Nelfinavir, combined with lenalidomide and dexamethasone, showed promise in treatment of multiple myeloma (MM) in patients who were refractory to lenalidomide, according to results from a phase 1/2 trial published in Blood Cancer Journal.
This phase 1/2 trial based in Switzerland (SAKK 39/10; ClinicalTrials.gov Identifier: NCT01555281) included 29 patients with lenalidomide-refractory MM. The study treatment was nelfinavir (2500 mg/day) for 4 cycles, in combination with lenalidomide and dexamethasone.
Of the patients in this study, 93% had received at least 2 lines of prior therapy. A total of 34% of patients were refractory to both lenalidomide and bortezomib, and 31% showed high-risk cytogenetic abnormalities.
The median study follow-up occurred at 24.9 months, and 15 patients received all 4 cycles of treatment. The median overall survival (OS) time was 21.6 months (95% CI, 13.0-50.1), with a 24-month OS rate of 45% (25%-63%). The median progression-free survival (PFS) time was 3.4 months (95% CI, 2.0-4.9), with a 12-month PFS rate of 8% (95% CI, 1%-22%).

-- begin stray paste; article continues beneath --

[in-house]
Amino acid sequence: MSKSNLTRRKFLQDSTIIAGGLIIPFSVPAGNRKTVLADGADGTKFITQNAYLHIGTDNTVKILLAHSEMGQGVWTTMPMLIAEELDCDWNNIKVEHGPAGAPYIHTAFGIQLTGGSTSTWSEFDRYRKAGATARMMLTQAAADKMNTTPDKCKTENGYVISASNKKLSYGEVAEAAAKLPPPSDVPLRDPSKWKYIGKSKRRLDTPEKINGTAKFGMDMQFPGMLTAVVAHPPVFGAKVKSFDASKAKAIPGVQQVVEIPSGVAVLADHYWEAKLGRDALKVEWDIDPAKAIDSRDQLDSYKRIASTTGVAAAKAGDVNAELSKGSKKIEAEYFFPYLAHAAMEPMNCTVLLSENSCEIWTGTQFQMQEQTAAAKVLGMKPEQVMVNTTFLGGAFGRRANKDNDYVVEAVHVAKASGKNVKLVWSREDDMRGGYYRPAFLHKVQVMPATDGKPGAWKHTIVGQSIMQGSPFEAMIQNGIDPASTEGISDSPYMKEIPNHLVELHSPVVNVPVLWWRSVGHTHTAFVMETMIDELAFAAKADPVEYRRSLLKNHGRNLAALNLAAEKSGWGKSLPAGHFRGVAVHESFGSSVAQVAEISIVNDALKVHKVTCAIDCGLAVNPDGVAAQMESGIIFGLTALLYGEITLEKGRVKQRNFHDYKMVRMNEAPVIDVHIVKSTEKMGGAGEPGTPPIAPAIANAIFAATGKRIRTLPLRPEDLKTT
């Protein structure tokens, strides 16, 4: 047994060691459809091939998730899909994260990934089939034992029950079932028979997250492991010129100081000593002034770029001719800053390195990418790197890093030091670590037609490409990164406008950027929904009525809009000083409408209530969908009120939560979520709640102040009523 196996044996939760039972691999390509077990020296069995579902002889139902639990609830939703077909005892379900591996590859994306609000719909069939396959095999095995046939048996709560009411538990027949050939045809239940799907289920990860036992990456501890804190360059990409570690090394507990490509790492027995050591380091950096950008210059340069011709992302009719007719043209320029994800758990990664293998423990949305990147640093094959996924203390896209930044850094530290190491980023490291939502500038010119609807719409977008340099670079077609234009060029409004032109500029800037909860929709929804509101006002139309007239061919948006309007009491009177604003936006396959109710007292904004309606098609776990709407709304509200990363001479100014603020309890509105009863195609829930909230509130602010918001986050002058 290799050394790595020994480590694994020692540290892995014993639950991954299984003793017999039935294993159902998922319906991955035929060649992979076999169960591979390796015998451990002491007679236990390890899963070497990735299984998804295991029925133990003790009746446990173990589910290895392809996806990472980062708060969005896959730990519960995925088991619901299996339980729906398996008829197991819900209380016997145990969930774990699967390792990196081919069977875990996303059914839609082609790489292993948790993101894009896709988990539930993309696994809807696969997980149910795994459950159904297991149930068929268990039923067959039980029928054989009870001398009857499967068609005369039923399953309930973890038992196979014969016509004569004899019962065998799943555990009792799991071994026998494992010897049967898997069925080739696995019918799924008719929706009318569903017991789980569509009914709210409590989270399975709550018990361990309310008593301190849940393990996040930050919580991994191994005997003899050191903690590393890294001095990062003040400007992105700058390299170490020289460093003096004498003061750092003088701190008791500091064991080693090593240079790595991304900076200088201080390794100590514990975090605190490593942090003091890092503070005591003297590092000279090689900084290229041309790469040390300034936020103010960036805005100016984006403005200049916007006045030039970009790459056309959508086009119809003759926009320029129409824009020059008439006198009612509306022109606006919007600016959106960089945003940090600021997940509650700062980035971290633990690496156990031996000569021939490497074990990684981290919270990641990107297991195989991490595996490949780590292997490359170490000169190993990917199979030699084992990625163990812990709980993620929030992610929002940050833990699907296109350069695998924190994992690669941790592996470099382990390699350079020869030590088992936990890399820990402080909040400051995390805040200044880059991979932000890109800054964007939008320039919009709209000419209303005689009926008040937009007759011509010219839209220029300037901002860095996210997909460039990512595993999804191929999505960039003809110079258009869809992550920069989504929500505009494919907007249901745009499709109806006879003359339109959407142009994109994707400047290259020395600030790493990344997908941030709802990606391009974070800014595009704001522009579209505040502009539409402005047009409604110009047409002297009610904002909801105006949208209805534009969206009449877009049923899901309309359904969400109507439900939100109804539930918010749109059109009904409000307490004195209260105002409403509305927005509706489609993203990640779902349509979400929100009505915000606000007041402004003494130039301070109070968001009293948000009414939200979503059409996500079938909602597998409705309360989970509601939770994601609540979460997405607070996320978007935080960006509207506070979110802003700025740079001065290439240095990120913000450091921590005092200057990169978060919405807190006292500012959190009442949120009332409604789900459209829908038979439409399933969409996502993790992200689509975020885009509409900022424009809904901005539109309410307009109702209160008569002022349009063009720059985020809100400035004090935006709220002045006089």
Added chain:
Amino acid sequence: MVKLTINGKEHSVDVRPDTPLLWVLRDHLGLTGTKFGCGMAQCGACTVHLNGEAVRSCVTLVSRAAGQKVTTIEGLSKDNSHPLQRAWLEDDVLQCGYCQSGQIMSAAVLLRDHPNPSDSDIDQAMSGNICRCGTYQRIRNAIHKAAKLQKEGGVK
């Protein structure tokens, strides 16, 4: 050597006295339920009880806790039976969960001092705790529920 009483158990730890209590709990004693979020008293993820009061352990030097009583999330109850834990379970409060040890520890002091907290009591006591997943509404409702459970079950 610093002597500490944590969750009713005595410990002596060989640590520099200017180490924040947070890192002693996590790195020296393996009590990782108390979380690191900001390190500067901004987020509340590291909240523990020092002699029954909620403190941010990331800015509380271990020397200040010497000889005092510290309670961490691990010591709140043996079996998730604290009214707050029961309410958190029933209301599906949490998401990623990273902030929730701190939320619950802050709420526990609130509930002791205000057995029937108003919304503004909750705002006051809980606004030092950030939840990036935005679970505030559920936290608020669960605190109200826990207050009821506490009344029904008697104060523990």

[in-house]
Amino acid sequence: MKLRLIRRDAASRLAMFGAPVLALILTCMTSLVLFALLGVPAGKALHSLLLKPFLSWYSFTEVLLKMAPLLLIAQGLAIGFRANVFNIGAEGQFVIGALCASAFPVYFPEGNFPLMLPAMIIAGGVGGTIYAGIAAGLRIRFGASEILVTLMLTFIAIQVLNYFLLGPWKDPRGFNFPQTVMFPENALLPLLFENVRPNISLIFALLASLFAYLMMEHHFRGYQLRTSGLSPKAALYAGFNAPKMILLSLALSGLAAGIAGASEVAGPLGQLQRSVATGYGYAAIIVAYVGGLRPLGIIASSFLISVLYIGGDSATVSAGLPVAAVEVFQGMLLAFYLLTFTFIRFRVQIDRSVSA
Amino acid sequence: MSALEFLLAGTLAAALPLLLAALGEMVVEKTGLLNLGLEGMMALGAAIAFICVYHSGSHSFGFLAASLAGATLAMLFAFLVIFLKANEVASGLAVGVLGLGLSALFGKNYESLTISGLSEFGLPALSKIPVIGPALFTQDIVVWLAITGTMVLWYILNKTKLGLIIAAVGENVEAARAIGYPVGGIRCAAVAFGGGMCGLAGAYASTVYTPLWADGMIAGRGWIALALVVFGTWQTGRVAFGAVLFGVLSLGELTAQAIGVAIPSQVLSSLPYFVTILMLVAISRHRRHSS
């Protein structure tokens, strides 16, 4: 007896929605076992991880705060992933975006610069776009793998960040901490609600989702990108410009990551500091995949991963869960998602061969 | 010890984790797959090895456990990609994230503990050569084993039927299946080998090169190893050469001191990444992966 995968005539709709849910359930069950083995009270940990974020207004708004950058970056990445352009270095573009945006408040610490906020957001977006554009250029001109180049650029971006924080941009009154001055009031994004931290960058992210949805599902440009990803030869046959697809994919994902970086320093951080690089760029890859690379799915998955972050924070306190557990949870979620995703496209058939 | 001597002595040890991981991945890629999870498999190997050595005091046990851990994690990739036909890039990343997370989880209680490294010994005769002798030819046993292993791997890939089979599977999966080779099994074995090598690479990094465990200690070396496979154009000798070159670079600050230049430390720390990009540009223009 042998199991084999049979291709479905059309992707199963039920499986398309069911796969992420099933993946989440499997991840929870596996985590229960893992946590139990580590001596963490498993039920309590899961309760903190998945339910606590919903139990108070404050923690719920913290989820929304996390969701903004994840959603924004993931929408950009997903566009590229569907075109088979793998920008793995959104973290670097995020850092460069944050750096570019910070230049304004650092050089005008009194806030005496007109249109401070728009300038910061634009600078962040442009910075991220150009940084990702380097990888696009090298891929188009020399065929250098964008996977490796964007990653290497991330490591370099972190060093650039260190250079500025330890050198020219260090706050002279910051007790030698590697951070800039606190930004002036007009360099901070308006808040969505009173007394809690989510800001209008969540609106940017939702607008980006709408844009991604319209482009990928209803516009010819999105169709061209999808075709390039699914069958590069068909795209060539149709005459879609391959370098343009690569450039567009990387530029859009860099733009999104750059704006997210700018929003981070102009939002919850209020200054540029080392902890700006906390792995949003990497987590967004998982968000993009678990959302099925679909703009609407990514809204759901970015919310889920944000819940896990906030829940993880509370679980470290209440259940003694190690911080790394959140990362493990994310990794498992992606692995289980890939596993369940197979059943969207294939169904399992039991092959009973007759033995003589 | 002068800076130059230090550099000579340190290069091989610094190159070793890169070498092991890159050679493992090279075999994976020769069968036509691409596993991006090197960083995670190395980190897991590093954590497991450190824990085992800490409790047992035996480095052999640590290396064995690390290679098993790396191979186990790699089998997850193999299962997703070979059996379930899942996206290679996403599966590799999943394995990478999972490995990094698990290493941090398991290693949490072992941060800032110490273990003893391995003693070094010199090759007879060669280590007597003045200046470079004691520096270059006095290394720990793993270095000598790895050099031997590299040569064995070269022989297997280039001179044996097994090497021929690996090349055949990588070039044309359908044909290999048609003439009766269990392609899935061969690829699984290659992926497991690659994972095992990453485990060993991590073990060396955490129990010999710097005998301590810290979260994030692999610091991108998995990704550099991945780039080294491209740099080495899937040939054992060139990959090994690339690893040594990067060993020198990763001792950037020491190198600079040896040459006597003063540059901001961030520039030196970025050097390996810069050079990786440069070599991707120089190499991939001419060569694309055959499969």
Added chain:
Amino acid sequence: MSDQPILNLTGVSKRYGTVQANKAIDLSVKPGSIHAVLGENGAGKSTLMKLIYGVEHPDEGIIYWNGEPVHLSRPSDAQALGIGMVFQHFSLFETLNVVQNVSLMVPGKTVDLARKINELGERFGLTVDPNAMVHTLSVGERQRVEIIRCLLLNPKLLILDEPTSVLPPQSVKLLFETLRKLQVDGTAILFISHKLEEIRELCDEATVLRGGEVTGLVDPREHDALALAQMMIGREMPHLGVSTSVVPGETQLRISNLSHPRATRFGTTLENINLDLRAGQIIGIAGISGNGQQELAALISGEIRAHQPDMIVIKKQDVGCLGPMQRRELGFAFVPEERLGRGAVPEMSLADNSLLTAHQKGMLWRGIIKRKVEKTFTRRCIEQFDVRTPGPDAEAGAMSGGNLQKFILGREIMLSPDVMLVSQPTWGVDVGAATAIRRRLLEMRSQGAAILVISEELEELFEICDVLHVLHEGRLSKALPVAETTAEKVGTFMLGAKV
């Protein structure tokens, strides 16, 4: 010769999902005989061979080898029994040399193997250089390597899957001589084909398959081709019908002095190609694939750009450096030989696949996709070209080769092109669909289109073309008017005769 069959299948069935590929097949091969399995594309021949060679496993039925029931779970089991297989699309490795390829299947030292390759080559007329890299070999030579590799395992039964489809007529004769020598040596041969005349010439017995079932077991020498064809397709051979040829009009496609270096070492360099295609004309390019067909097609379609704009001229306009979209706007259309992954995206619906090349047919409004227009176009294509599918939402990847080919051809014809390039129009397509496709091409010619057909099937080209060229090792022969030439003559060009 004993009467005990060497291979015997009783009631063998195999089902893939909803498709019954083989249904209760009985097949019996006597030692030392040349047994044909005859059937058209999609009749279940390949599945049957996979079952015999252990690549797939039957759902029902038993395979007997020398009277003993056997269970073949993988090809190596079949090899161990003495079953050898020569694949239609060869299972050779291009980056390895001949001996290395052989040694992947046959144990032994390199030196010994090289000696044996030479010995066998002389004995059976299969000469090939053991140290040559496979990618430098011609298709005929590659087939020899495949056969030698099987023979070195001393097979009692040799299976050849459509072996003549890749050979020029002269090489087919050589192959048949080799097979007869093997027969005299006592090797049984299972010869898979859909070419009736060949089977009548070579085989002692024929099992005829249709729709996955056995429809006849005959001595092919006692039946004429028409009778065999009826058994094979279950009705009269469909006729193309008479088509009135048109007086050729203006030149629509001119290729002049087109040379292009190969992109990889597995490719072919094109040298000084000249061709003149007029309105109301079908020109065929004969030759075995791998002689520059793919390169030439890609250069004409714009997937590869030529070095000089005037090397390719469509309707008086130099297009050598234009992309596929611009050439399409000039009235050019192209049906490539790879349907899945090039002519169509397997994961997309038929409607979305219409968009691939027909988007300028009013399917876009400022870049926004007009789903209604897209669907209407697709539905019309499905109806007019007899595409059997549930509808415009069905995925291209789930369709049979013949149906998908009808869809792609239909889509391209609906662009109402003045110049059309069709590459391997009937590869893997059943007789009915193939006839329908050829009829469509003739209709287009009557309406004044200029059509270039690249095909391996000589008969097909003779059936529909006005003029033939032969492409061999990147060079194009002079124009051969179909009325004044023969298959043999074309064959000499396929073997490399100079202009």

The rate of minor response or better on this treatment combination was 55% (95% CI, 36%-74%). A partial response was achieved by 21% of patients, with 10% achieving a very good partial response. Patients who were refractory to both lenalidomide and bortezomib had a 40% rate of minor response or better.
The most common grade 3 or higher adverse events (AEs) reported on this study were anemia (n=7), neutropenia (n=7), and thrombocytopenia (n=6). Grade 1 gastrointestinal and metabolic AEs were the most common AEs overall, occurring in 9 patients each.
Treatment using nelfinavir with lenalidomide and dexamethasone, the researchers stated in their report, “was found to be active in patients with lenalidomide-refractory myeloma, including those with lenalidomide–bortezomib double-refractory and high-risk disease.”
Hitz F, Kraus M, Pabst T, et al. Nelfinavir and lenalidomide/dexamethasone in patients with lenalidomide-refractory multiple myeloma. A phase I/II Trial (SAKK 39/10). Blood Cancer J. 2019;9(9):70.
This article originally appeared on Oncology Nurse Advisor